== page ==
You didn't think I had all those teapots and no teacups to go along with them, did you? Here's a roundup of my beloved, sometimes mismatched teacups and saucers:
I love the sweet little flowers scattered all over this cup and saucer. This is Royal Vale bone china, from England. And I can't recall where or when I bought it! Or how much it cost. Wasn't much, I'm sure of that.
These two are part of a series of Royal Albert's "flower of the month" series. My mom gave one to every member in our family--three generations' worth!
I had to talk the owner of a junk shop out of this Staffordshire cup and saucer. She was juuuuust about ready to take them home again, to use in her own home. But that unusual green in the ovals, and five cupids on the plate--not the expected four....I had to have it! Probably set me back less than $35, all told.
Most of my teacups are bone china; it's stronger and finer than pottery. But this adorable pottery cup and saucer from Anthropologie was irresistible, affordable (less than $20)...
...and the dots of gold on the cup's foot are like teeny-tiny polkadots!This Wedgwood set says "Trenthan" on the underside. It's one of the few things I have that belonged to my paternal grandmother. I'm guessing it's from the early 1900s? Anybody know? And this...
...is at the bottom of the teacup, and in the center of the saucer. How cute is that?
Another version of the "flowers of the month" concept, this one from Royal Nobilta. I can't recall how I got this set....Did I buy it? Receive it as a gift? Either way, I sure do enjoy it.
This is one of the most expensive junk-shop cup-and-saucer sets I've ever bought. It set me back $65, which I thought was scandalously overpriced. But the owner wouldn't budge, and I knew I'd regret it terribly if I didn't take this home. It's become one of my very favorite cup and saucers of all and has more than repaid me for the hours of pleasure it's brought.
And then I found it again, in cobalt blue. The markings on the bottom of both these cups say "Ye Olde English Grosvenor China--Jackson & Gosling, Longton, England." This darker-blue version cost a little less because the edges are more worn than the light-blue version. (My photo is a little out of focus--sorry.)
By the way, it's no coincidence that most of my china is English. Those folks know how to do tea!
It's funny how much the two Grosvenor cups look like this Wedgwood fantasy in black and white. This is my formal china, which languished almost unused for 25 years after my wedding because I was too afraid I'd break it.
Yeah. I got over that. Now I drink tea from it on a regular basis!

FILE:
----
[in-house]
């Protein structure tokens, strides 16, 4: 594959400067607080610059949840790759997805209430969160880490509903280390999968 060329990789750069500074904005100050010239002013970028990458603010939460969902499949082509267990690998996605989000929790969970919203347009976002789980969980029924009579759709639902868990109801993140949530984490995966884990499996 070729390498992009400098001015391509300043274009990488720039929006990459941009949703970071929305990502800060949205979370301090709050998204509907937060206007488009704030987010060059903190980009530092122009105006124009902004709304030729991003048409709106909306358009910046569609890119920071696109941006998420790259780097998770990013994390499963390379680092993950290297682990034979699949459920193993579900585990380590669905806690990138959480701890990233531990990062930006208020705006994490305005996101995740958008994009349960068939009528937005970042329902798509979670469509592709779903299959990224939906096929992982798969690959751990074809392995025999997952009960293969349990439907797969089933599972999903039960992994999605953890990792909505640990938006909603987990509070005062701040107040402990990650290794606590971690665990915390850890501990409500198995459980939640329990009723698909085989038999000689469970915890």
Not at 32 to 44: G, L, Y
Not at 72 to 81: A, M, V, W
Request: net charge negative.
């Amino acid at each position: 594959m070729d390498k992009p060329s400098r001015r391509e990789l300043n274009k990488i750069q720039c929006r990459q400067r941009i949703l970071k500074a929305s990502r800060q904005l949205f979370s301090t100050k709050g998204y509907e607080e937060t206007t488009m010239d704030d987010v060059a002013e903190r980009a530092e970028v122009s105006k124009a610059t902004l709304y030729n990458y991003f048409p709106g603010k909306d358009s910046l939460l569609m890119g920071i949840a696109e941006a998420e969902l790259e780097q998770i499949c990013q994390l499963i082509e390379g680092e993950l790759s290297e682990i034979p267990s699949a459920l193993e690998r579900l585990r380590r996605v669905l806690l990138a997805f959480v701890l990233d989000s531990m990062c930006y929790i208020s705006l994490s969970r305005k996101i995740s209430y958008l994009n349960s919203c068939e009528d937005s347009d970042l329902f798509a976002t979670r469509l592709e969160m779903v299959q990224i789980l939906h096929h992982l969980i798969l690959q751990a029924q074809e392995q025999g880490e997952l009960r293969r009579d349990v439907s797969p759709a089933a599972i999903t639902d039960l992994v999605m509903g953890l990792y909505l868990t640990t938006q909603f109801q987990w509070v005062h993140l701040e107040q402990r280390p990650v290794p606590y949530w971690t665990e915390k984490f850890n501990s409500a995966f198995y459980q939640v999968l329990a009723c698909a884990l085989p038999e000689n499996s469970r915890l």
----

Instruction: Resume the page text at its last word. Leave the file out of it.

This little guy is about 3/4 the size of a regular cup and saucer. It's not bone china, and it's not chintz (an allover floral pattern). Real chintz china (from the late 1800s/early 1900s) was so wildly popular among collectors in the 1980s that almost all of it got sucked out of circulation. This is just small, and cheap, and...cute.
This cup, on the other hand, is so large I suspect it's not technically a teacup but instead a coffee cup. It's "Val d'Or" by Royal Albert. The two saucers it's sitting on are made by Haviland & Co. (the smaller one) and Edwin M. Knowles China Co. (the larger one). The cup and at least one of the plates are from my paternal grandmother--again, some of the few things I have of hers.
It's really easy to find plain white bone china embellished with a single or double band of gold (often 14 carat). Almost every major china company has their own take on this classic, understated look. You can find mismatched and "orphan" pieces in white-with-gold in almost any junk or resale shop. Because the pieces aren't a matched set, the prices are often quite reasonable, and you can build up a china collection fast without spending a lot.
Sometimes I fall in love with just a saucer, no cup anywhere to be seen. How cute is this one, with its little pierced rim? Sweet...
This is "Colclough" bone china from England. You can find it in several different colors. Here I have a couple of white-background saucers with a teacup in the palest of pale blues. But it's the same pattern, and they look nice together, don't they?
So, is my teacup collection complete? Do I have enough to satisfy my needs? Uhh, not yet. There's these...
all from Royal Doulton. I mean, look at that lower-left-hand-corner robin's-egg-blue one! Polkadots! Egad! I'm in love....